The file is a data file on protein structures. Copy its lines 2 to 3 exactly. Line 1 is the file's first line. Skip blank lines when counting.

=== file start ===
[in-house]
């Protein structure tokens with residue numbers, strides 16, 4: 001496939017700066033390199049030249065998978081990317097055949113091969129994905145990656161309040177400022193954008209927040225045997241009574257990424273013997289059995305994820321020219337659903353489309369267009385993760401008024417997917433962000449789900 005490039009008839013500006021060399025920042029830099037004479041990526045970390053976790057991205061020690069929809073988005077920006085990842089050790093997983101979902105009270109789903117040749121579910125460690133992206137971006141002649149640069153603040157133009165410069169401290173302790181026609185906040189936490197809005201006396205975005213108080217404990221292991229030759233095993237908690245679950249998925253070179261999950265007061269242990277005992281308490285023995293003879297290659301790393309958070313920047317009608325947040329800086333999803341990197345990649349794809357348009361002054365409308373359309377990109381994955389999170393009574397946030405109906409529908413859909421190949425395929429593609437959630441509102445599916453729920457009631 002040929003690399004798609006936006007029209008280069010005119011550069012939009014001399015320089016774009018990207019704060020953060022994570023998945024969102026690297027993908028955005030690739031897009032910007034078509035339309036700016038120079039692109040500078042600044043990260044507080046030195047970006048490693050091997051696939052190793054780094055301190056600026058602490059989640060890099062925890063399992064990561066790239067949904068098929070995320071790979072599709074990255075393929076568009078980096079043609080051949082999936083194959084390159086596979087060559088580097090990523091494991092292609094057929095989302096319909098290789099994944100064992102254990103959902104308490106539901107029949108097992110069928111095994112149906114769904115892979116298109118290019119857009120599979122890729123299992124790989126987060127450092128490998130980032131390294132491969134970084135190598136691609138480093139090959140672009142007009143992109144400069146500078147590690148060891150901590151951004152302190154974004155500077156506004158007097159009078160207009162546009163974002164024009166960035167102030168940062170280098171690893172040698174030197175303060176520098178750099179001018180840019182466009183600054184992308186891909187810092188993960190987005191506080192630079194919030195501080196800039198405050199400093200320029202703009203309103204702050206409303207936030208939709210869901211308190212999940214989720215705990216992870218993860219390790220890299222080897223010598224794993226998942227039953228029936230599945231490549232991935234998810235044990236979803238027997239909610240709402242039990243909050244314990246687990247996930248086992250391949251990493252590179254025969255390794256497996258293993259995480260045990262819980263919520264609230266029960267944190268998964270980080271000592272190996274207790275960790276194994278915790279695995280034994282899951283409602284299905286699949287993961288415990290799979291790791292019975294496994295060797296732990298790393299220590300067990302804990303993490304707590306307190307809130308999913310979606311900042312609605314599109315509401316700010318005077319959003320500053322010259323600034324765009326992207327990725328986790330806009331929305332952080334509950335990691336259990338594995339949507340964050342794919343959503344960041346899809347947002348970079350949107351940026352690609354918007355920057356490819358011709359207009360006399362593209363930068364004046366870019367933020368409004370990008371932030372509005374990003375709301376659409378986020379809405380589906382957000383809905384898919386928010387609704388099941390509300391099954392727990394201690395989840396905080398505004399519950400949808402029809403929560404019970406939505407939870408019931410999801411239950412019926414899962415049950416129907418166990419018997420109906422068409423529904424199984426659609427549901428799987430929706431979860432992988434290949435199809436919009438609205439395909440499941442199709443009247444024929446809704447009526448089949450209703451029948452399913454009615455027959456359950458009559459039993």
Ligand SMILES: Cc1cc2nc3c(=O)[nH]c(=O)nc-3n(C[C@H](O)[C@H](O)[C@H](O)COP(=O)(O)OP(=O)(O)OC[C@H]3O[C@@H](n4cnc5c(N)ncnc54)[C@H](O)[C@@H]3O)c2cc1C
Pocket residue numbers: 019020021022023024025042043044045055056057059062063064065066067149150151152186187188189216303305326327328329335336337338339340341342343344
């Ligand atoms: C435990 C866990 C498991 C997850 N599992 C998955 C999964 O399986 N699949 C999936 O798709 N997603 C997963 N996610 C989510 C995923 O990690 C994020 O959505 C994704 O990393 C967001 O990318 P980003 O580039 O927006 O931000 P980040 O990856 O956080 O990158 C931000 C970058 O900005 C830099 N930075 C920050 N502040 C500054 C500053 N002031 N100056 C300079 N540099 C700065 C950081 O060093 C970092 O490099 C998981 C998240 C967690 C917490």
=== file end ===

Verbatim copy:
């Protein structure tokens with residue numbers, strides 16, 4: 001496939017700066033390199049030249065998978081990317097055949113091969129994905145990656161309040177400022193954008209927040225045997241009574257990424273013997289059995305994820321020219337659903353489309369267009385993760401008024417997917433962000449789900 005490039009008839013500006021060399025920042029830099037004479041990526045970390053976790057991205061020690069929809073988005077920006085990842089050790093997983101979902105009270109789903117040749121579910125460690133992206137971006141002649149640069153603040157133009165410069169401290173302790181026609185906040189936490197809005201006396205975005213108080217404990221292991229030759233095993237908690245679950249998925253070179261999950265007061269242990277005992281308490285023995293003879297290659301790393309958070313920047317009608325947040329800086333999803341990197345990649349794809357348009361002054365409308373359309377990109381994955389999170393009574397946030405109906409529908413859909421190949425395929429593609437959630441509102445599916453729920457009631 002040929003690399004798609006936006007029209008280069010005119011550069012939009014001399015320089016774009018990207019704060020953060022994570023998945024969102026690297027993908028955005030690739031897009032910007034078509035339309036700016038120079039692109040500078042600044043990260044507080046030195047970006048490693050091997051696939052190793054780094055301190056600026058602490059989640060890099062925890063399992064990561066790239067949904068098929070995320071790979072599709074990255075393929076568009078980096079043609080051949082999936083194959084390159086596979087060559088580097090990523091494991092292609094057929095989302096319909098290789099994944100064992102254990103959902104308490106539901107029949108097992110069928111095994112149906114769904115892979116298109118290019119857009120599979122890729123299992124790989126987060127450092128490998130980032131390294132491969134970084135190598136691609138480093139090959140672009142007009143992109144400069146500078147590690148060891150901590151951004152302190154974004155500077156506004158007097159009078160207009162546009163974002164024009166960035167102030168940062170280098171690893172040698174030197175303060176520098178750099179001018180840019182466009183600054184992308186891909187810092188993960190987005191506080192630079194919030195501080196800039198405050199400093200320029202703009203309103204702050206409303207936030208939709210869901211308190212999940214989720215705990216992870218993860219390790220890299222080897223010598224794993226998942227039953228029936230599945231490549232991935234998810235044990236979803238027997239909610240709402242039990243909050244314990246687990247996930248086992250391949251990493252590179254025969255390794256497996258293993259995480260045990262819980263919520264609230266029960267944190268998964270980080271000592272190996274207790275960790276194994278915790279695995280034994282899951283409602284299905286699949287993961288415990290799979291790791292019975294496994295060797296732990298790393299220590300067990302804990303993490304707590306307190307809130308999913310979606311900042312609605314599109315509401316700010318005077319959003320500053322010259323600034324765009326992207327990725328986790330806009331929305332952080334509950335990691336259990338594995339949507340964050342794919343959503344960041346899809347947002348970079350949107351940026352690609354918007355920057356490819358011709359207009360006399362593209363930068364004046366870019367933020368409004370990008371932030372509005374990003375709301376659409378986020379809405380589906382957000383809905384898919386928010387609704388099941390509300391099954392727990394201690395989840396905080398505004399519950400949808402029809403929560404019970406939505407939870408019931410999801411239950412019926414899962415049950416129907418166990419018997420109906422068409423529904424199984426659609427549901428799987430929706431979860432992988434290949435199809436919009438609205439395909440499941442199709443009247444024929446809704447009526448089949450209703451029948452399913454009615455027959456359950458009559459039993």
Ligand SMILES: Cc1cc2nc3c(=O)[nH]c(=O)nc-3n(C[C@H](O)[C@H](O)[C@H](O)COP(=O)(O)OP(=O)(O)OC[C@H]3O[C@@H](n4cnc5c(N)ncnc54)[C@H](O)[C@@H]3O)c2cc1C